Another of Wentling’s favorites was for his neighbor, Jerry Graham, a watercolor artist. Among Graham’s paintings was one of two soldiers, with one comforting the other. Wentling had Graham’s wife, Lori, email him a copy of the picture and he put the picture onto a cigar box and built a guitar out of it.

On Christmas, Wentling surprised Graham with the guitar. “He was really shocked and surprised,” Lori Graham says. “My husband was so excited.”

Pictured: Jerry Graham’s artwork sits next to the cigar-box guitar with his picture on it, which Ed Wentling made for him as a Christmas present.

Wentling numbers each one of his guitars he makes and is close to reaching 400. Jay Lopshansky of Leetonia has No. 112: an electric cigar-box guitar with a maple neck.

“The first time I came across Ed and his guitars was at the YSU [Summer] Festival of the Arts,” Lopshansky says. “I’m a guitar player so when I ran across his guitars, I had to sit down and play a few. Next thing you know, I bought one.”

A member of local band 1264, he travels with his cigar-box guitar to every gig and says it plays as great as the day he bought it.

“They’re not toys or hang-on-the-walls display pieces,” he says. “These are quality guitars.”

Bayou Blues Guitars range in price from $75 to $1,000. A majority of Wentling’s sales occur at festivals, though they are also available online at

“Guitars are something that have to be seen, felt, played and to buy one online is really difficult to do,” Wentling says. “You can take any one of these and pull them down and play them but they’re all going to sound different.”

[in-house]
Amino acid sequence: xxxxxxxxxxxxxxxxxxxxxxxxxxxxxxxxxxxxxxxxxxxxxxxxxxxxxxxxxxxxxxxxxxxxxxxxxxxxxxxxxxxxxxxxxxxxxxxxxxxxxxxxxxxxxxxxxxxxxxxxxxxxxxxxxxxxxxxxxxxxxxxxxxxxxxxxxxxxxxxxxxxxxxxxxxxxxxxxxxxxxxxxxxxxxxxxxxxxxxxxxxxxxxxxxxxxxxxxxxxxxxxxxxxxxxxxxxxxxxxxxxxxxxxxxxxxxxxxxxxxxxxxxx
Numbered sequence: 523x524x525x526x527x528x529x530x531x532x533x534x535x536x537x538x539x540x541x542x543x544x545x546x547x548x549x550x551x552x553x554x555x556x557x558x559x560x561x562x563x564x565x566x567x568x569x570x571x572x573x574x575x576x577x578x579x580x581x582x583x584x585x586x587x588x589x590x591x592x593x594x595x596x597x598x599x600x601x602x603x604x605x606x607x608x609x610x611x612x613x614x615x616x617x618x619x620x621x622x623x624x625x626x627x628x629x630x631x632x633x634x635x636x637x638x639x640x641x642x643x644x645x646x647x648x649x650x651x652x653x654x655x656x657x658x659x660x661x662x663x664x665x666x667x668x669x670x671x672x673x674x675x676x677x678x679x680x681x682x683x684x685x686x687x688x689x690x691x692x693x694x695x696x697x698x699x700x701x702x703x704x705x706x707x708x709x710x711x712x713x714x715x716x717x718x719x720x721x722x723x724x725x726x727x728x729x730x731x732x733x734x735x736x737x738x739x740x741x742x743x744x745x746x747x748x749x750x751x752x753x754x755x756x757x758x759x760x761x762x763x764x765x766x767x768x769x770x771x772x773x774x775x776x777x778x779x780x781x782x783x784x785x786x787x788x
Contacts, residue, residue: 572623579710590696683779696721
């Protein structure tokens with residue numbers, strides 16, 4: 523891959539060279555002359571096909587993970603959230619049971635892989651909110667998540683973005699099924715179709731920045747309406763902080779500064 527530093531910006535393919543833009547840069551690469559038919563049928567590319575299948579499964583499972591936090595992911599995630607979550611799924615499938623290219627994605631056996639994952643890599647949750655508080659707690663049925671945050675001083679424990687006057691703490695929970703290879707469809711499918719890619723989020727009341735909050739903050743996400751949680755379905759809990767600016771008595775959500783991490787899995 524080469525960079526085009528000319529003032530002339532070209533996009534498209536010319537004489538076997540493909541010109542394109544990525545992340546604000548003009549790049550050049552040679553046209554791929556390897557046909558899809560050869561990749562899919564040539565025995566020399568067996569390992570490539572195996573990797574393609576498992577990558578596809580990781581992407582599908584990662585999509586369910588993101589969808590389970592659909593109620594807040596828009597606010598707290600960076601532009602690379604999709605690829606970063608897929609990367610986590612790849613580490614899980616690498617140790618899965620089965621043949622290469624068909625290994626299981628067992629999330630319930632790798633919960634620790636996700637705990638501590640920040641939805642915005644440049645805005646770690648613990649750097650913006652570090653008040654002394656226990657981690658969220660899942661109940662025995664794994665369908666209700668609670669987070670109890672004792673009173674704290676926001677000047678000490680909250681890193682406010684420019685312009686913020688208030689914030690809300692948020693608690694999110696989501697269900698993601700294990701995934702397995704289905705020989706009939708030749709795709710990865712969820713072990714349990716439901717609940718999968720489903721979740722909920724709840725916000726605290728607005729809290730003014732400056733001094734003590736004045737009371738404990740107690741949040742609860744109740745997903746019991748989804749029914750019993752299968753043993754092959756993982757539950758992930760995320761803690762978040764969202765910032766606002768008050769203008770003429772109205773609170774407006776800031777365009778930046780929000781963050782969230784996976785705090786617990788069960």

Some of his favorite shows to sell his guitars at are the Summer Festival of the Arts at Youngstown State University, Applefest in Franklin, Pa., and the Gypsy Soul Vintage Market in Fort Wayne, Ind.

Richard Mondak of Hermitage, Pa., recalls seeing Bayou Blues Guitars a few years ago at a blues festival in Sharon, Pa.

“He had some of his guitars and I never saw them before so I sat down and started playing and I must of played every guitar,” Mondak says. “After that a lot of the events he went to, he would tell me about and I would go and demonstrate a lot of his guitars.”

Mondak asked Wentling to make a custom-made cigar-box guitar with a synthesizer pickup on it. The guitar plays like a regular one, he says, but can also play synthesized sounds. Mondak handpicked the box he wanted to use and designed the neck he wanted attached.

“Every one he makes is somewhat unique because of the wooden cigar box,” Mondak says. “He can make the neck and carve it by hand too and that’s the art.”

Similarly, Tyler Ripper of Titusville, Pa., says he saw Bayou Blues Guitars at Applefest in Franklin, Pa. two years ago.

Ripper visited Wentling at his house where he was able to pick out which box he wanted to use, as well as what type of neck and wood finish he wanted.

“He does a really good job and is very helpful and sends you pictures along the way to make sure it’s coming out the way you want it to,” Ripper says.

Ripper says Wentling took two weeks to complete his guitar.

“It was fairly quick for a custom guitar,” he says. “For people who are in the music industry or just like to play music in general, it’s definitely something different and worth trying and he’s the guy to go to.”

Wentling says his guitars are popular because they’re not the norm.

“They’re not your standard Gibson or Fender that anybody can go to the store and buy and then your buddy can go to the store and buy the same guitar,” he says. “If you look around you’ll never see two of the same because we only build them once. Whoever owns one, it’s the only one in the world.”

Copyright 2024 The Business Journal, Youngstown, Ohio.